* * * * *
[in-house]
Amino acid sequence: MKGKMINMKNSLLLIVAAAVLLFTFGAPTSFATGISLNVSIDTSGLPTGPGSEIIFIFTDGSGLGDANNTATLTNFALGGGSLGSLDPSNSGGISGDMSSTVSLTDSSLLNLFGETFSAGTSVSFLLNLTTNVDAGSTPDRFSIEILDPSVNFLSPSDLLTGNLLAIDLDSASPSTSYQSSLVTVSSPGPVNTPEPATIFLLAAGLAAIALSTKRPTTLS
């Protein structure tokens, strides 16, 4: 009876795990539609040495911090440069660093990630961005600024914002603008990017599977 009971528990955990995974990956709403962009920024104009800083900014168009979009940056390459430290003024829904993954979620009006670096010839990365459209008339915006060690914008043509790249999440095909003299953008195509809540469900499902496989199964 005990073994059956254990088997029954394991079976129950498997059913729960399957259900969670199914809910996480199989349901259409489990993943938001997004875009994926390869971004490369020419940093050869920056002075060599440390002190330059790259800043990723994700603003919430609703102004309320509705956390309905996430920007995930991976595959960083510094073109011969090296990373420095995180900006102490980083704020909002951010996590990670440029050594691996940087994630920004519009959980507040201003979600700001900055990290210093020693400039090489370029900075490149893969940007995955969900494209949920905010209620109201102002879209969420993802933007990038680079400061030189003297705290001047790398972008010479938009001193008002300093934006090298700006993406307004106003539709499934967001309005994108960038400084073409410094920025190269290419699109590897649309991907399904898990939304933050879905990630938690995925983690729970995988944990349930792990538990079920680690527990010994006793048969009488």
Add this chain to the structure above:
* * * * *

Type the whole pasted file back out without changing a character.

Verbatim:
[in-house]
Amino acid sequence: MKGKMINMKNSLLLIVAAAVLLFTFGAPTSFATGISLNVSIDTSGLPTGPGSEIIFIFTDGSGLGDANNTATLTNFALGGGSLGSLDPSNSGGISGDMSSTVSLTDSSLLNLFGETFSAGTSVSFLLNLTTNVDAGSTPDRFSIEILDPSVNFLSPSDLLTGNLLAIDLDSASPSTSYQSSLVTVSSPGPVNTPEPATIFLLAAGLAAIALSTKRPTTLS
């Protein structure tokens, strides 16, 4: 009876795990539609040495911090440069660093990630961005600024914002603008990017599977 009971528990955990995974990956709403962009920024104009800083900014168009979009940056390459430290003024829904993954979620009006670096010839990365459209008339915006060690914008043509790249999440095909003299953008195509809540469900499902496989199964 005990073994059956254990088997029954394991079976129950498997059913729960399957259900969670199914809910996480199989349901259409489990993943938001997004875009994926390869971004490369020419940093050869920056002075060599440390002190330059790259800043990723994700603003919430609703102004309320509705956390309905996430920007995930991976595959960083510094073109011969090296990373420095995180900006102490980083704020909002951010996590990670440029050594691996940087994630920004519009959980507040201003979600700001900055990290210093020693400039090489370029900075490149893969940007995955969900494209949920905010209620109201102002879209969420993802933007990038680079400061030189003297705290001047790398972008010479938009001193008002300093934006090298700006993406307004106003539709499934967001309005994108960038400084073409410094920025190269290419699109590897649309991907399904898990939304933050879905990630938690995925983690729970995988944990349930792990538990079920680690527990010994006793048969009488």
Add this chain to the structure above: